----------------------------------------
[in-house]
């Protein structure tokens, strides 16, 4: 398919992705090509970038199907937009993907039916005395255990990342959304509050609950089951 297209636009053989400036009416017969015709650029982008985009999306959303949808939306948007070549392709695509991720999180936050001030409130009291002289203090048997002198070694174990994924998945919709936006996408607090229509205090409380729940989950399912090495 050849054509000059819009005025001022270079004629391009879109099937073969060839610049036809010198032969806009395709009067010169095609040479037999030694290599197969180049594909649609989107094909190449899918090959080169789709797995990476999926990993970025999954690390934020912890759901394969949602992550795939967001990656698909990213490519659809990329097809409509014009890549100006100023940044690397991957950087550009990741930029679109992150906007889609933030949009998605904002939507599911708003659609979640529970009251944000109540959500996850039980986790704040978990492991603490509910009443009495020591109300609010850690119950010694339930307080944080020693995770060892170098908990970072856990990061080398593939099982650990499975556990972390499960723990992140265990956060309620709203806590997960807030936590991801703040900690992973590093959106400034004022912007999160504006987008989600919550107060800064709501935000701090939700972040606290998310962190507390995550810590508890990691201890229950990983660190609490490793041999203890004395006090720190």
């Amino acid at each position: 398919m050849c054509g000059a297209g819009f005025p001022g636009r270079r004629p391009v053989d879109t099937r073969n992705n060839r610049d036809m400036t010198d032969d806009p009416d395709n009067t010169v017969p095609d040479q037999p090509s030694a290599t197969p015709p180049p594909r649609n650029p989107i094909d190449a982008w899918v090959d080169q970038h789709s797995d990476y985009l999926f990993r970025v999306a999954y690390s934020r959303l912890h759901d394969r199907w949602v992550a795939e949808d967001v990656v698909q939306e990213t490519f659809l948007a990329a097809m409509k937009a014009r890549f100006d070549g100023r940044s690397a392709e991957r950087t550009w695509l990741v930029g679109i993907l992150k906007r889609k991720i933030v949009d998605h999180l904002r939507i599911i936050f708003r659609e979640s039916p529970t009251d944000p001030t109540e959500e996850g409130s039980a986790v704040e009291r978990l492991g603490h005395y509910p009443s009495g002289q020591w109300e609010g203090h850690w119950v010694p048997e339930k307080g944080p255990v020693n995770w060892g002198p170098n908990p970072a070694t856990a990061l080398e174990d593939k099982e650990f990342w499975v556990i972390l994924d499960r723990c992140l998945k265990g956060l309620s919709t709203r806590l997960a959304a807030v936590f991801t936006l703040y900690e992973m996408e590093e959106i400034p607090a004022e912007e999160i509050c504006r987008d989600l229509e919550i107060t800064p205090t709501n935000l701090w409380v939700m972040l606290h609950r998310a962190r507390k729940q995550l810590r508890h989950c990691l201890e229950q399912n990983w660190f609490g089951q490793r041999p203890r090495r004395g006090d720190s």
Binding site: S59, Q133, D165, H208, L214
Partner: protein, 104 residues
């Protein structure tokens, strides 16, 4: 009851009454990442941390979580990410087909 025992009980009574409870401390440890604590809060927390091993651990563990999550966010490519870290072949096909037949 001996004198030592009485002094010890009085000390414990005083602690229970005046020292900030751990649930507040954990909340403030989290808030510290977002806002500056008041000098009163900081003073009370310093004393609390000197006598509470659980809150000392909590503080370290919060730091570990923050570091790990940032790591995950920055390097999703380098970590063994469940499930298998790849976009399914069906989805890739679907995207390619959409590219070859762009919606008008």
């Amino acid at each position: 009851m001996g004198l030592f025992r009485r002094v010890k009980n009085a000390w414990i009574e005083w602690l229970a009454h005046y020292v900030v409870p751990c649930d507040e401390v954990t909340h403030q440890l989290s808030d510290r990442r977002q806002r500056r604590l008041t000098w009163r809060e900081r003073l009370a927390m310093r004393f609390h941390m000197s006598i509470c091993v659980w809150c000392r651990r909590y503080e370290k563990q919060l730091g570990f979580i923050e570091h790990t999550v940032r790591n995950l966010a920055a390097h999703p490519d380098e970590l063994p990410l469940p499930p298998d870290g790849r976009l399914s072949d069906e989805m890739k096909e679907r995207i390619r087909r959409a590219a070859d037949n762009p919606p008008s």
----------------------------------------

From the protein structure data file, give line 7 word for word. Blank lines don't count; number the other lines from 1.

């Amino acid at each position: 009851m001996g004198l030592f025992r009485r002094v010890k009980n009085a000390w414990i009574e005083w602690l229970a009454h005046y020292v900030v409870p751990c649930d507040e401390v954990t909340h403030q440890l989290s808030d510290r990442r977002q806002r500056r604590l008041t000098w009163r809060e900081r003073l009370a927390m310093r004393f609390h941390m000197s006598i509470c091993v659980w809150c000392r651990r909590y503080e370290k563990q919060l730091g570990f979580i923050e570091h790990t999550v940032r790591n995950l966010a920055a390097h999703p490519d380098e970590l063994p990410l469940p499930p298998d870290g790849r976009l399914s072949d069906e989805m890739k096909e679907r995207i390619r087909r959409a590219a070859d037949n762009p919606p008008s």